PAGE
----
Succession planning is an important process, particularly for family businesses. While family businesses often outperform nonfamily businesses, succession planning can be more complicated due to the need to address issues of both ownership and leadership in the context of the family dynamic. This complexity and the sensitive nature of the issues that surround it requires strong alignment among stakeholders for success. Based on our experiences as consultants and mentors to many family businesses we share in this series of blogs not only why succession is different in family businesses but how it can be made a positive process that contributes to building business continuity and family harmony.

It is the twin obligation associated with achieving both business and family outcomes that makes succession in family businesses a more challenging assignment; one that cannot be copied from the practices of non-family organizations. Importantly it is a lengthier process and one that often has to begin with laying foundations that establish the necessary preconditions for successful successions.

In our work as knowledge-sharing consultants to families-in-business Moores Family Enterpriseintegrates that latest evidence-based ideas into practical and workable solutions for our family business clients. Drawing upon this evidence has led us to recommend succession planning approaches for family businesses that go way beyond merely the succession of ownership and management. Instead we recommend investment in social capital that comes from promoting conversations in families: conversations that explore common values and develop shared visions. These are the preconditions for successful successions. As such succession planning not only sets the ground rules, nurtures and develops successors, makes a selection of successor, and eventually hands over control by a phase in phase out but also ensures that next generation leaders have learned business (L1), learned our business (L2) and have learned to lead our business (L3) such that incumbents can let go (L4). To understand the complexity of this extended process for family business requires recognizing that succession involves a number of discrete steps for all and not just the incumbent and potential successor.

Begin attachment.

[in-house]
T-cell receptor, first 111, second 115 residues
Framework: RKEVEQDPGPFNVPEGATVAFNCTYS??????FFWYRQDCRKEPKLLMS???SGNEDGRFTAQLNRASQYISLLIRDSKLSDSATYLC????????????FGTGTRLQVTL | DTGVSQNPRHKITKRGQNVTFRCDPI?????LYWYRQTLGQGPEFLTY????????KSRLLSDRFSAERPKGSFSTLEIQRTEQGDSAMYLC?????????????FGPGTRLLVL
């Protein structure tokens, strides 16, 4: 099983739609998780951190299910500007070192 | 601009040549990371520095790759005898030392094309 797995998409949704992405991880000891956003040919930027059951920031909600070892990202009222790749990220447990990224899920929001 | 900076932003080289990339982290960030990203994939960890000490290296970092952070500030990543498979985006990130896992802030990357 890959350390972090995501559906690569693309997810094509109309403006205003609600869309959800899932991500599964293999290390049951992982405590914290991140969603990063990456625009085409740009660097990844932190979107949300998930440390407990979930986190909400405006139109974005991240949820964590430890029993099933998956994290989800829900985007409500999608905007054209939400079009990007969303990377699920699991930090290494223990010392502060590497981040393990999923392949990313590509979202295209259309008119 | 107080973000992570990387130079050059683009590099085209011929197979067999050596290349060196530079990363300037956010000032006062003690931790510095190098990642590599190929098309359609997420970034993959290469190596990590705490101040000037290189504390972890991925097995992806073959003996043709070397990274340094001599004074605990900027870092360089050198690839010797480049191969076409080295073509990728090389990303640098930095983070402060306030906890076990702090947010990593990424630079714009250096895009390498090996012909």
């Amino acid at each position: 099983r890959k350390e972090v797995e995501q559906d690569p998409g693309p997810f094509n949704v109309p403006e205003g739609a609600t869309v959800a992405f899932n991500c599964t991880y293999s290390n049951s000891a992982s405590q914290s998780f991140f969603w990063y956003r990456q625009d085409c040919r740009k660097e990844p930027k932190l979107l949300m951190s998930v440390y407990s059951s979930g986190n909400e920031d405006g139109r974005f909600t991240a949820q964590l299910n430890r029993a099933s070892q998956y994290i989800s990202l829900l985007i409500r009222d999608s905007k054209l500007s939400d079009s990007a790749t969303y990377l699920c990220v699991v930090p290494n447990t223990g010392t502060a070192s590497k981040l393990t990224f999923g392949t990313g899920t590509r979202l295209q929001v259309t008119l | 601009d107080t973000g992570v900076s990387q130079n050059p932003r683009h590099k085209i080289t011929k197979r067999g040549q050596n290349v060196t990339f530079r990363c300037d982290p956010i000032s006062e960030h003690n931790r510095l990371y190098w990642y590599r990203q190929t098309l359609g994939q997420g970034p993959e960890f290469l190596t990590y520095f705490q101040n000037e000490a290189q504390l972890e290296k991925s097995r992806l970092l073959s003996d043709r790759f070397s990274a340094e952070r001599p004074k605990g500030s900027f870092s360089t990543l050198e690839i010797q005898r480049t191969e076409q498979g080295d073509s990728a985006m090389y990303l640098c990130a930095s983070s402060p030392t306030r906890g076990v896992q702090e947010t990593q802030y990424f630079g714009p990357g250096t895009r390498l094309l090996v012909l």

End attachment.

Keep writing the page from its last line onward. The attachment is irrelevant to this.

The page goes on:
The steps in this process will be explained in subsequent blogs and entail:

  1. The succession of values
  2. The succession of knowledge
  3. The succession of relationships (and networks)
  4. The succession of management
  5. The succession of leadership
  6. The succession of authority
  7. The succession of ownership.

The practical nature along with the evidence base for these will be explained in subsequent posts highlighting what families-in-business can do to optimise their transitions from one generation to the next.